Factors affecting the stability of CdTe/CdS solar cells deduced from stress tests at elevated temperature

Iris Visoly-Fisher, Kevin D. Dobson, Jayakrishnan Nair, Erez Bezalel, Gary Hodes, David Cahen

Research output: Contribution to journalArticlepeer-review

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CdTe/CdS solar cells were subjected to heat stress at 200 °C in the dark under different environments (in N2 and in air), and under illumination (in N2). We postulate that two independent mechanisms can explain degradation phenomena in these cells: i) Excessive Cu doping of CdS: Accumulation of Cu in the CdS with stress, in the presence of Cl, will increase the photoconductivity of CdS. With limited amounts of Cu in CdS, this does NOT affect the photovoltaic behavior, but explains the crossover of light/dark current-voltage (J-V) curves. Overdoping of CdS with Cu can be detrimental to cell performance by creating deep acceptor states, acting as recombination centers, and compensating donor states. Under illumination, the barrier to Cu cations at the cell junction is reduced, and, therefore, Cu accumulation in the CdS is enhanced. Recovery of light-stress induced degradation in CdTe/CdS cells in the dark is explained by dissociation of the acceptor defects. ii) Back contact barrier: Oxidation of the CdTe back surface in O2/H2O-containing environment to form an insulating oxide results in a back-contact barrier. This barrier is expressed by a rollover in the J-V curve. Humidity is an important factor in air-induced degradation, as it accelerates the oxide formation. Heat treatment in the dark in inert atmosphere can stabilize the cells against certain causes of degradation, by completing the back contact anneal.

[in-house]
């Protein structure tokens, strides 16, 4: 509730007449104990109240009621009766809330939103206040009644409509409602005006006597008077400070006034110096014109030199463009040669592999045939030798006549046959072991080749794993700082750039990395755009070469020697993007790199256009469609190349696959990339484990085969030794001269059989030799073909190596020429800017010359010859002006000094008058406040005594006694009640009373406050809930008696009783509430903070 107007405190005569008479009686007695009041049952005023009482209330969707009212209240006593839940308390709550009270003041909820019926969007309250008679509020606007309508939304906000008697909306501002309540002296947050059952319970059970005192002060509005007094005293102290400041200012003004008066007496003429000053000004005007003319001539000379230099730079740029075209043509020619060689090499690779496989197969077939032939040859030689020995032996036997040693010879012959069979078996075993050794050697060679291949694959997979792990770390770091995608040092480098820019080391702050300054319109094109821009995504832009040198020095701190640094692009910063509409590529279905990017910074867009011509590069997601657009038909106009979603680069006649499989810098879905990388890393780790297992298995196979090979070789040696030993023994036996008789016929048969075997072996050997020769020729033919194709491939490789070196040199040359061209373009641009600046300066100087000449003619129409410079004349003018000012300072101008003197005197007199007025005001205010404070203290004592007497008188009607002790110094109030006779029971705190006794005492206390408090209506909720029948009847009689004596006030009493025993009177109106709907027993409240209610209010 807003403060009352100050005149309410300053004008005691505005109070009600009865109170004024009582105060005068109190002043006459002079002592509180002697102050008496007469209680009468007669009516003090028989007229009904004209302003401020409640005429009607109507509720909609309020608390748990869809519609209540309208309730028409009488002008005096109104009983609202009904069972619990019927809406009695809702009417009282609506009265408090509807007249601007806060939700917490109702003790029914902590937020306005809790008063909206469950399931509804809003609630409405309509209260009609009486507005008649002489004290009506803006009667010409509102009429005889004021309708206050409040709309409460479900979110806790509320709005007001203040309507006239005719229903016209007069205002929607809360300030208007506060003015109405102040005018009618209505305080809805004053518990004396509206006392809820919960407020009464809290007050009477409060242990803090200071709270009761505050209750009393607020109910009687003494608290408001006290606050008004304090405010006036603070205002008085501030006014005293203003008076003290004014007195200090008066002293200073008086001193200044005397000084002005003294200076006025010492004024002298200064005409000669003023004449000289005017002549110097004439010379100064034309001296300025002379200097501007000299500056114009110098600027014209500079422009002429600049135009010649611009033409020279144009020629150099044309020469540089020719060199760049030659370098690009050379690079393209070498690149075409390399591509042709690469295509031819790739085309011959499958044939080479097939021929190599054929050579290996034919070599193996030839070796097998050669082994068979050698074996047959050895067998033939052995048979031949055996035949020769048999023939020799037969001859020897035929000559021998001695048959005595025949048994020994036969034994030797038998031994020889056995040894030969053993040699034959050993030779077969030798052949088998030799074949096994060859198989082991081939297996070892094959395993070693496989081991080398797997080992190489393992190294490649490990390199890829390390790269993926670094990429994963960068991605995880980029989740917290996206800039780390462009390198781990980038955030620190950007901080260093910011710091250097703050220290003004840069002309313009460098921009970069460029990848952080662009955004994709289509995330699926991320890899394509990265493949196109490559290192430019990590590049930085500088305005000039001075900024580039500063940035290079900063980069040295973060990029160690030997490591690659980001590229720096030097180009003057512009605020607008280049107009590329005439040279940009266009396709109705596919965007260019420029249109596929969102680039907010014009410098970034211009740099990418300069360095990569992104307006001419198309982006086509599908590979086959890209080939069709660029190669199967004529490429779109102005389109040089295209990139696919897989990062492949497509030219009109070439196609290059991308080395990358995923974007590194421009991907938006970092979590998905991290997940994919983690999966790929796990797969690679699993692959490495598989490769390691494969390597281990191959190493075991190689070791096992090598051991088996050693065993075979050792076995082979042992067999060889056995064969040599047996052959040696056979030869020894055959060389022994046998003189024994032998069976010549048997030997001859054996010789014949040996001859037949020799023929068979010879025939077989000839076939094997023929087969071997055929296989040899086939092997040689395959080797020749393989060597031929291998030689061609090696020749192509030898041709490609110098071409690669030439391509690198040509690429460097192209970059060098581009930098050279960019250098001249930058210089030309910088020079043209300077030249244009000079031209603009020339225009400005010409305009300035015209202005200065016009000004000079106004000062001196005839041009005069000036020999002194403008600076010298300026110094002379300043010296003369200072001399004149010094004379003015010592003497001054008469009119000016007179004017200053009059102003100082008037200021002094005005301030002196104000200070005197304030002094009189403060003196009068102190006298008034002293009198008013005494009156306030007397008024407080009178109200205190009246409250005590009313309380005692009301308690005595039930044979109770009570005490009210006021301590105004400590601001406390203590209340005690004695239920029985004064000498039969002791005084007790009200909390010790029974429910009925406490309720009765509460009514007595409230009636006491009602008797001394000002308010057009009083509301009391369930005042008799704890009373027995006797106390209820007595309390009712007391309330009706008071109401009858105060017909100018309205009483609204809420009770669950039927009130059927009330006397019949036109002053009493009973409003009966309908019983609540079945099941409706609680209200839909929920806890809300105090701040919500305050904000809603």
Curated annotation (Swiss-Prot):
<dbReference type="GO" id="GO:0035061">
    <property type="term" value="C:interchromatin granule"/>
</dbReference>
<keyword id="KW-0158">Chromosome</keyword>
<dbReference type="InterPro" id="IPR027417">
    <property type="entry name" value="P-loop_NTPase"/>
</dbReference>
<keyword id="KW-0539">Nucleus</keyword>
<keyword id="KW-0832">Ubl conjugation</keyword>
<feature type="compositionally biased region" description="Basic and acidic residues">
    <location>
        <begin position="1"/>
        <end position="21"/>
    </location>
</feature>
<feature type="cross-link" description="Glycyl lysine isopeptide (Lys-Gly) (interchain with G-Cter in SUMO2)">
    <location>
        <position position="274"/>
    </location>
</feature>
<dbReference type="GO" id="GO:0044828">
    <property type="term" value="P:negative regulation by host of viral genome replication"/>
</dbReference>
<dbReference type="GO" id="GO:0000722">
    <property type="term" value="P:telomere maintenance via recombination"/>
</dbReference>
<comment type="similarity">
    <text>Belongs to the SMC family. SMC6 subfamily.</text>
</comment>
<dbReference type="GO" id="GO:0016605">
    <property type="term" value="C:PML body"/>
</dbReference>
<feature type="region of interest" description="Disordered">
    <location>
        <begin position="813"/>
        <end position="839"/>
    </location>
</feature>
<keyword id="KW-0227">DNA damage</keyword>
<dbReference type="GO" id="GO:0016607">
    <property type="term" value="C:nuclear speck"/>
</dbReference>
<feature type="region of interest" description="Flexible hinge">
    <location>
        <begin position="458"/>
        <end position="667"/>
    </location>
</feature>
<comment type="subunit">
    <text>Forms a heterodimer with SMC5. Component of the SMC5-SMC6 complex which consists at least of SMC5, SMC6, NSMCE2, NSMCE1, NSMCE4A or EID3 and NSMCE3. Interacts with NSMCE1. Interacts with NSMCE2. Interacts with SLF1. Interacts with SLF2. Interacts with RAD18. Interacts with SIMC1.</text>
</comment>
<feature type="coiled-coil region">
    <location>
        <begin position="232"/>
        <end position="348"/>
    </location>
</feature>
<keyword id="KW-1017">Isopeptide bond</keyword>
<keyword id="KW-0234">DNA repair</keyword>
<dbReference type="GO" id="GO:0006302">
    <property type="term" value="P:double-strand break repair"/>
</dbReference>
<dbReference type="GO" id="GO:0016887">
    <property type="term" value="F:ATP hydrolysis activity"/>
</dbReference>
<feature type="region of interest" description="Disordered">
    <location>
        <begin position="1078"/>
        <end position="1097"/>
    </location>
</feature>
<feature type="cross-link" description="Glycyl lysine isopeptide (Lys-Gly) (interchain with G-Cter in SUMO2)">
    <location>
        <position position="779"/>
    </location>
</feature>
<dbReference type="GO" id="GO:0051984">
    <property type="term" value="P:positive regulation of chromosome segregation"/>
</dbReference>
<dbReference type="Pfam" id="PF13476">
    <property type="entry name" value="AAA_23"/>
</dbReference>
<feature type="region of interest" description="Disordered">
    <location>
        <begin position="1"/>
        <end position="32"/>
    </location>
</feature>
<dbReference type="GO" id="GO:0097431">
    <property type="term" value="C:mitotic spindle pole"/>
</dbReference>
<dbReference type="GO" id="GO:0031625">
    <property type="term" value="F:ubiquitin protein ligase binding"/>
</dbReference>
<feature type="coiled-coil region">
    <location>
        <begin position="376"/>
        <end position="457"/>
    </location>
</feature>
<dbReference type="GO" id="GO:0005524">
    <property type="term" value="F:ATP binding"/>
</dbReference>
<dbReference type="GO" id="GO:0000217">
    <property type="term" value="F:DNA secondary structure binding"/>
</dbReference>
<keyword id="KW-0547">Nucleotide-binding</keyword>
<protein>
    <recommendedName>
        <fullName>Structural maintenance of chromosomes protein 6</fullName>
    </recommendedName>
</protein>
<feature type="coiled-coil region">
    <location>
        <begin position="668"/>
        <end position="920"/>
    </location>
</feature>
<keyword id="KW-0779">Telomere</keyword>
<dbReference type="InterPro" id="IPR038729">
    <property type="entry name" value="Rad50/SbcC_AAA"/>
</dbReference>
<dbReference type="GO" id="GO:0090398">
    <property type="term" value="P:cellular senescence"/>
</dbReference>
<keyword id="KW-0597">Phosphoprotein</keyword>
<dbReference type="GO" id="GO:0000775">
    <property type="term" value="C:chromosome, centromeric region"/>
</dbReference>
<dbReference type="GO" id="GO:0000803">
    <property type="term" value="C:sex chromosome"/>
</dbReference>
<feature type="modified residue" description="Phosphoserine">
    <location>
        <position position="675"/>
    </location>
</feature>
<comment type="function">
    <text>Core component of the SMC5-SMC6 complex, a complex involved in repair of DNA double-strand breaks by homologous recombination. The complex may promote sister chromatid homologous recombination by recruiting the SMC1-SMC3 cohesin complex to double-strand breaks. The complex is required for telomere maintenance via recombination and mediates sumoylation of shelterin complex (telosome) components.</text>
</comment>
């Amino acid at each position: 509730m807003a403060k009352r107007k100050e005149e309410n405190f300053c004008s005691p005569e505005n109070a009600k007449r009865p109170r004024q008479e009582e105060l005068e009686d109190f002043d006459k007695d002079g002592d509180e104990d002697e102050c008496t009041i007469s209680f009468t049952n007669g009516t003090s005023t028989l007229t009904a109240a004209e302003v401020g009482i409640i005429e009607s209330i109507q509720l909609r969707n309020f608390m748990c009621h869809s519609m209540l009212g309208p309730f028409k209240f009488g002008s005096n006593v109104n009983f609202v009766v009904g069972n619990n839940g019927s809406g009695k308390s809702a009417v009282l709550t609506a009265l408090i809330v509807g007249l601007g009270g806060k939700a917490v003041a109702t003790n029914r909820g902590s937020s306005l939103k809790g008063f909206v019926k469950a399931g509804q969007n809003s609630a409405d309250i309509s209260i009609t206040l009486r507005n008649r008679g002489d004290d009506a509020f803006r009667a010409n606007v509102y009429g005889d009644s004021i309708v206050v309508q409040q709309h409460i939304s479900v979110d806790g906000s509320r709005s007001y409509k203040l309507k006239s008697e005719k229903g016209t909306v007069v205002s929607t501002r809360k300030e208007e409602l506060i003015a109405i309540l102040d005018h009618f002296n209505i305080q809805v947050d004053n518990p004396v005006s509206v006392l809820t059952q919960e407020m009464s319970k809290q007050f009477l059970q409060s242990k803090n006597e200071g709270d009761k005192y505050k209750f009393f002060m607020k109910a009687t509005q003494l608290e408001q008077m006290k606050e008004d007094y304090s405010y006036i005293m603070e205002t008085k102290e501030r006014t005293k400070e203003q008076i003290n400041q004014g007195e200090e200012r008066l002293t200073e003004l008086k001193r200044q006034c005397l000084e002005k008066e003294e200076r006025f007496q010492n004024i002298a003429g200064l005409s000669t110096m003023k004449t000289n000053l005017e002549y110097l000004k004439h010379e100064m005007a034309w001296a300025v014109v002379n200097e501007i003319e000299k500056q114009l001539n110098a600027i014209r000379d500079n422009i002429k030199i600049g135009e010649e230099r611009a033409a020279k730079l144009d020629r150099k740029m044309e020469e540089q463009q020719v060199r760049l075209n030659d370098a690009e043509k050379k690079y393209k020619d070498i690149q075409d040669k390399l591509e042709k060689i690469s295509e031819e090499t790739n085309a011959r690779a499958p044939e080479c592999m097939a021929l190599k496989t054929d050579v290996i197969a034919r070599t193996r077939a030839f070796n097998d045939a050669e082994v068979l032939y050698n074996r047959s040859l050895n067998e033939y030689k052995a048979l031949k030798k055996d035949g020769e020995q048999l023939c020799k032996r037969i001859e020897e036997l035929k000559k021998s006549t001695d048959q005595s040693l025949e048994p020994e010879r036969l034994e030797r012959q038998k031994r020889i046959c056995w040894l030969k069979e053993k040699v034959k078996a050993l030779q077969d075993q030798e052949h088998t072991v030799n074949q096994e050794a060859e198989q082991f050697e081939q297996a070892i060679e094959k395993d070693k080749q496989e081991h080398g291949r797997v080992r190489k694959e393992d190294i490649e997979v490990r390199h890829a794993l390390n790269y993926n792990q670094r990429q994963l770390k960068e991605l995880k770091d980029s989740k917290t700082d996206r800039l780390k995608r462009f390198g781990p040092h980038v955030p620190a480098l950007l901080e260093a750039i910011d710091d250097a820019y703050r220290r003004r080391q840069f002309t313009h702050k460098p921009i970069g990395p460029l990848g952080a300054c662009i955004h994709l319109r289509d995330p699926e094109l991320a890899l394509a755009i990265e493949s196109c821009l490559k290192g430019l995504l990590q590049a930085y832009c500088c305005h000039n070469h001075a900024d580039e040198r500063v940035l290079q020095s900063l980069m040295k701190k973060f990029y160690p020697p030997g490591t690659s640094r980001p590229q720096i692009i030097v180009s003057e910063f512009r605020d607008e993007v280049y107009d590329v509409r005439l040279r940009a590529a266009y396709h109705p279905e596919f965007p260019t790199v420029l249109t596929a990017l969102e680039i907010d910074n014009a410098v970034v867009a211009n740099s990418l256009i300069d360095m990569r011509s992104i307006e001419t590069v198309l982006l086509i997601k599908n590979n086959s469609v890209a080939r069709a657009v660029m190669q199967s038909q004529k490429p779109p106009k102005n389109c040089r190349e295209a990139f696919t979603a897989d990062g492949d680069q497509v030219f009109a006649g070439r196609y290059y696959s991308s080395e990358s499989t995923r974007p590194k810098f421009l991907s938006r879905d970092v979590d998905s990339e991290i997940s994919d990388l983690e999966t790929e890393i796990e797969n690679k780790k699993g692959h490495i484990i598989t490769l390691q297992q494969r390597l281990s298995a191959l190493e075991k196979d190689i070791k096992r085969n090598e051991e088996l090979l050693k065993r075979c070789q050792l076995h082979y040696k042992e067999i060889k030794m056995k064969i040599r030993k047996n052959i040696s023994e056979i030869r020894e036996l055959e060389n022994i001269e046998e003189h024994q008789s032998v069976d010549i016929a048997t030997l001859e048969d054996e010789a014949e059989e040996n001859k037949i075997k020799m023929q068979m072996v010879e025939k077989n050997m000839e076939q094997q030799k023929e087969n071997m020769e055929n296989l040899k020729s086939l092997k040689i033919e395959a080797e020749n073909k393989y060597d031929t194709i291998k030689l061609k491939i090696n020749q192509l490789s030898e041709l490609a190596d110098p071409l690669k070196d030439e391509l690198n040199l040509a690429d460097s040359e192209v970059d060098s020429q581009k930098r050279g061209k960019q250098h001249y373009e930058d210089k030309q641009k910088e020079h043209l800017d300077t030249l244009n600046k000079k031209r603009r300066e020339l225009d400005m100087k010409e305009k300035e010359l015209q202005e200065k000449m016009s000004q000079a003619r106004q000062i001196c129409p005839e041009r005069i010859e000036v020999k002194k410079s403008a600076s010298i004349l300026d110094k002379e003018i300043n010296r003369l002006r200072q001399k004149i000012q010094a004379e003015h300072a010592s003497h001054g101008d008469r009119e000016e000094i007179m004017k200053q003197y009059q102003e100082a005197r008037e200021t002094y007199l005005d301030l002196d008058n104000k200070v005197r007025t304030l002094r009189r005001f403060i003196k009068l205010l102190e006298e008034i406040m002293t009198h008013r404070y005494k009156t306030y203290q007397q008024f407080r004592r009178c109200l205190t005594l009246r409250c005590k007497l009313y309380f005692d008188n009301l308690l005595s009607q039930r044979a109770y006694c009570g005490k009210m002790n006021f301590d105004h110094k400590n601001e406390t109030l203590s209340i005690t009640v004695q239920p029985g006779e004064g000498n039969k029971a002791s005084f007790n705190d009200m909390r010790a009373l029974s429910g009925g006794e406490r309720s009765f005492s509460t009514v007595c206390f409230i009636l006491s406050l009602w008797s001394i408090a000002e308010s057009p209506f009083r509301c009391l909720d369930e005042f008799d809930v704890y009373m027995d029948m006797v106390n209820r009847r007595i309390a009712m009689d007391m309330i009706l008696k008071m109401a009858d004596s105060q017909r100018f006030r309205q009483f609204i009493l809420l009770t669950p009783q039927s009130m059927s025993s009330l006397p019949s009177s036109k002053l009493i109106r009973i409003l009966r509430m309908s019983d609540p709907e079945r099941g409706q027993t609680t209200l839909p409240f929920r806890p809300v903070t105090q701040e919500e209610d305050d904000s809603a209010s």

Original languageEnglish
Pages (from-to)289-299
Number of pages11
JournalAdvanced Functional Materials
Issue number4
StatePublished - Apr 2003
Externally publishedYes


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